Are you using Twitter yet? If not, you may want to read how other educators are using Twitter as an education tool.
For those who are coming up to speed, Twitter lets you broadcast or microblog your messages (140 characters max) to a group of friends or other subscribers, who can receive them as text messages, called a “tweet,” to your subscribers and their mobile phones. Since almost everyone has a mobile phone now this makes Twitter more effective as a communication tool.
Twitter in Academia
David Parry, assistant professor of Emerging Media and Communications at the University of Texas at Dallas, was a little apprehensive at first to use social media in the classroom, but after reading an article by Clive Thompson at Wired, he decided to give it a shot.
After giving his students a Twitter assignment one semester, Parry was curious to see how his students would react. He was surprised to see how it helped communicate with his students. After using it more and more he found “that it was one of the better things he did with the class.” He then posted these tips for using Twitter in academia.
Some of the highlights were an increase of “class chatter” as the class started using Twitter to have conversations inside and outside of the class. It seemed to develop a sense of “classroom community” as students began to develop a sense of each other outside the classroom space. Other tips are:
- Instant feedback.
- Track a conference or seminar.
- Follow a professional or famous person.
- Public notepad.
- Writing assignments.
- Maximizing the teachable moment.
Doug Belshaw writes about using Twitter with your students on his blog. Doug says: “I think Twitter could be ideal for reminding students about homework, trips and such things, especially as they can enter their mobile phone number to be alerted when one of their ‘friends’ updates their account. The advantage is that you don’t need to know the phone numbers of students to get messages onto their device: they are the ones who authorize their mobile phone from the website and they subscribe to your Twitter feed.”
Facilitate Active Learning
Educause produced a PDF article that talks about using Twitter to help engage students to facilitate active learning. It points out that “Metacognition, which is the practice of thinking about and reflecting on your learning — has been shown to benefit comprehension and retention. As a tool for students or professional colleagues to compare thoughts about a topic, Twitter can be a viable platform for metacognition, forcing users to be brief and to the point — an important skill in thinking clearly and communicating effectively. In addition, Twitter can provide a simple way for attendees at a conference to share thoughts about particular sessions and activities with others at the event and those unable to attend.”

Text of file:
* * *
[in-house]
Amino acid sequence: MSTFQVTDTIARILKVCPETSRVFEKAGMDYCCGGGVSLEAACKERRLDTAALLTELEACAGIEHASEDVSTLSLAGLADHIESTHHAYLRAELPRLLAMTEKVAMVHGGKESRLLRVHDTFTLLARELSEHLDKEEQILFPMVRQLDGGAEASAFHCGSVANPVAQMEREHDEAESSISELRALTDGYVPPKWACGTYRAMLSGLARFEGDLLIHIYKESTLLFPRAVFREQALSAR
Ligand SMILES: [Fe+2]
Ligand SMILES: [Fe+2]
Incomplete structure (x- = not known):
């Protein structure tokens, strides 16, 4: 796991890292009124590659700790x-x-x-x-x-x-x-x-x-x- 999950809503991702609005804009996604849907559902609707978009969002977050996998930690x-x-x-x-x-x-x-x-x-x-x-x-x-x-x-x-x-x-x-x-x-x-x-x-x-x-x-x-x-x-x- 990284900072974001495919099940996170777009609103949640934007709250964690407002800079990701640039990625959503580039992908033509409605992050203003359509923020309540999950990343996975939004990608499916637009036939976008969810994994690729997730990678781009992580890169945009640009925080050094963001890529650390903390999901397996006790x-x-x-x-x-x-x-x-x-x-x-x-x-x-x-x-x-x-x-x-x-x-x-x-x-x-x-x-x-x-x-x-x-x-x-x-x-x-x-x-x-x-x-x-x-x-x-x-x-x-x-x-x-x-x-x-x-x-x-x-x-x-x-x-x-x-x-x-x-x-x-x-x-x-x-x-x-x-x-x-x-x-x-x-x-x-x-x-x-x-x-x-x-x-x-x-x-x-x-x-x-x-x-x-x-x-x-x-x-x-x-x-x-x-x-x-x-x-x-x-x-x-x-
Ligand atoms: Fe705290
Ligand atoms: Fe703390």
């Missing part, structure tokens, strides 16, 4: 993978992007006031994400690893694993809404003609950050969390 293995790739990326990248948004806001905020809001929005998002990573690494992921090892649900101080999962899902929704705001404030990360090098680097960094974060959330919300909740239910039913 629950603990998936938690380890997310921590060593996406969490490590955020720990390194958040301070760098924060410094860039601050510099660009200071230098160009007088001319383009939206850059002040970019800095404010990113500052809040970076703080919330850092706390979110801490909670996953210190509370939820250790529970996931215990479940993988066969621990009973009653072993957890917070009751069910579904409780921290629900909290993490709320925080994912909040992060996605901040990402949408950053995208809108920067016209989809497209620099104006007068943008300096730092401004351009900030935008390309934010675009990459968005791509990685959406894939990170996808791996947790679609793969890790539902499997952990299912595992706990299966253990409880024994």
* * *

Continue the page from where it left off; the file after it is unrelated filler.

George Mayo, an eighth grade English teacher at Silver Spring International Middle School in Montgomery County, Maryland, recently used Twitter as a tool to collaboratively write a story by his students. Mayo invited his students and students around the world via his Many Voices Twitter account to add to an ongoing story with individual “tweets.” After six weeks and the help of more than 100 students and six different countries, the story was finished.
“It was incredibly simple and really amazing,” Mayo said. “My students and I would come in, and suddenly kids in China had written a chapter for the book.” Afterward he made the book available for his students to download for free.
Paul R. Allison, a teacher at the East Bronx Academy in NY, built a site called Youth Twitter. This site allows teachers to edit students’ tweets by granting them “administrator” status. This came out of a concern with the lack of control teachers had with Twitter.
These and other innovations are popping up everywhere as educators find more uses for Twitter and other social media tools to cater to 21st century students. Please feel free to send me any examples you have on how you have used Twitter to educate. I’d love to hear from you.
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